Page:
Find and remove all empty directories using the Linux command line

In order to find and remove all empty subdirectories in the current directory (.) recursively, use this command:

find . -depth -type d -print0 | xargs -0 rmdir

This command will only remove empty directories! Any file or non-empty directory won’t be modified.

Explanation of what the parts mean:

  • find: Use the find command to find directories recursively
  • .: Start recursing from the current directory. In case you want to start from a different directory, use that directory name here.
  • -type d: Only find directories – ignore files
  • -depth: Before printing a directory name, print all its sub-directory names. This avoids having to run this command repeatedly because the parent directory can’t be removed since its empty sub-directories need to be removed first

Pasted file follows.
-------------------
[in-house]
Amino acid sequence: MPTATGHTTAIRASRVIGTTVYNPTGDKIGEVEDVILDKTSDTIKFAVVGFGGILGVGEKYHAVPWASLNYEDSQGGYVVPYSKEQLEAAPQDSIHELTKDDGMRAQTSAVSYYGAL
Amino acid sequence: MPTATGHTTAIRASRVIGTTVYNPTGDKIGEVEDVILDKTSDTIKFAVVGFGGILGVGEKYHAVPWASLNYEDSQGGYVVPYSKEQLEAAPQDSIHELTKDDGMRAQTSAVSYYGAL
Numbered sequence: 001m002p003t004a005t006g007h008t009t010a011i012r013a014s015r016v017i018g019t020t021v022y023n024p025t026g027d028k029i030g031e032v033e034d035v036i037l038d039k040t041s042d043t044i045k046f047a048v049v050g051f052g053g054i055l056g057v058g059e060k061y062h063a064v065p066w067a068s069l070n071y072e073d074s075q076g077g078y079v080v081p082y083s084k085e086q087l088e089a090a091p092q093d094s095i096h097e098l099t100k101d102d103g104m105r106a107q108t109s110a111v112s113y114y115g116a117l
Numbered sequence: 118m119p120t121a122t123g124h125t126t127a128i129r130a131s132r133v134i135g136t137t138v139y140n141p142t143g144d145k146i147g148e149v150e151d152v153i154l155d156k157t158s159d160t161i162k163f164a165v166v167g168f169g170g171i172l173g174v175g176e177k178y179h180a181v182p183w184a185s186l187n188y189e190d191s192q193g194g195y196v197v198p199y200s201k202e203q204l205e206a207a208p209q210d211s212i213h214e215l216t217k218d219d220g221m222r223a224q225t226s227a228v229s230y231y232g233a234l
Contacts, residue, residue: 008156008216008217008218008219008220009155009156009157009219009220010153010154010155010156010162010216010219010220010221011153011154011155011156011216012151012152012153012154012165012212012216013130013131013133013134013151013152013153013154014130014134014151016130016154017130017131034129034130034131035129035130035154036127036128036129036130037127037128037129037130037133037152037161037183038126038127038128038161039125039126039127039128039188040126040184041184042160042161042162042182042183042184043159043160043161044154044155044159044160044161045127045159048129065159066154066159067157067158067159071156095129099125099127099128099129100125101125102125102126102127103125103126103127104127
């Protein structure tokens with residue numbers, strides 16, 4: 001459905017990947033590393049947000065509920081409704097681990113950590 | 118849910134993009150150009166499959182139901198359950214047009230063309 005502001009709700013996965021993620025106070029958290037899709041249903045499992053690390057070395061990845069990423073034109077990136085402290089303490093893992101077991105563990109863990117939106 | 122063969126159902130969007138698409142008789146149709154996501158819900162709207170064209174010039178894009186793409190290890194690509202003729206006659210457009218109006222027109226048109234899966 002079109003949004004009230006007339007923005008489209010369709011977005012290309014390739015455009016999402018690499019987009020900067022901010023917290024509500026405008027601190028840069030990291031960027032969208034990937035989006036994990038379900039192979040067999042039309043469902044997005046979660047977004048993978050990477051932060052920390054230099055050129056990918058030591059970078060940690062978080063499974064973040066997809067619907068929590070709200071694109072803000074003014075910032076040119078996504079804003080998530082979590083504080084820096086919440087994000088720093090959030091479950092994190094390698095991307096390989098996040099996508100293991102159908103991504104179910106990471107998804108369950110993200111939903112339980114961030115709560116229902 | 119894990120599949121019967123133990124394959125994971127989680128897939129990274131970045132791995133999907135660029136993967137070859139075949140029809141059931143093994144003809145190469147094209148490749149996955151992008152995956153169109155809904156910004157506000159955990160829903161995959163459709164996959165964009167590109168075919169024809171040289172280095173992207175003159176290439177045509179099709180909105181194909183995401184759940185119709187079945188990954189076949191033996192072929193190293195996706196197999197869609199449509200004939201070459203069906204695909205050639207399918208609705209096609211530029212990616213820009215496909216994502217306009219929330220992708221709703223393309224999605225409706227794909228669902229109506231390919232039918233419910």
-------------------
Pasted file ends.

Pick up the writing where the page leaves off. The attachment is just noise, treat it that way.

• -print0 When printing all the directories that have been found, print a NUL character between directories. This is required in order to handle spaces in the directory names correctly
  • | xargs: Pipe the directories to xargs, a program that runs
  • -0: Split the input by NUL characters instead of newlines. This corresponds with the -print0 option to find and is required to handle spaces in directory names correctly.
  • rmdir: For each directory found, run rmdir i.e. try to remove the directory if it’s empty.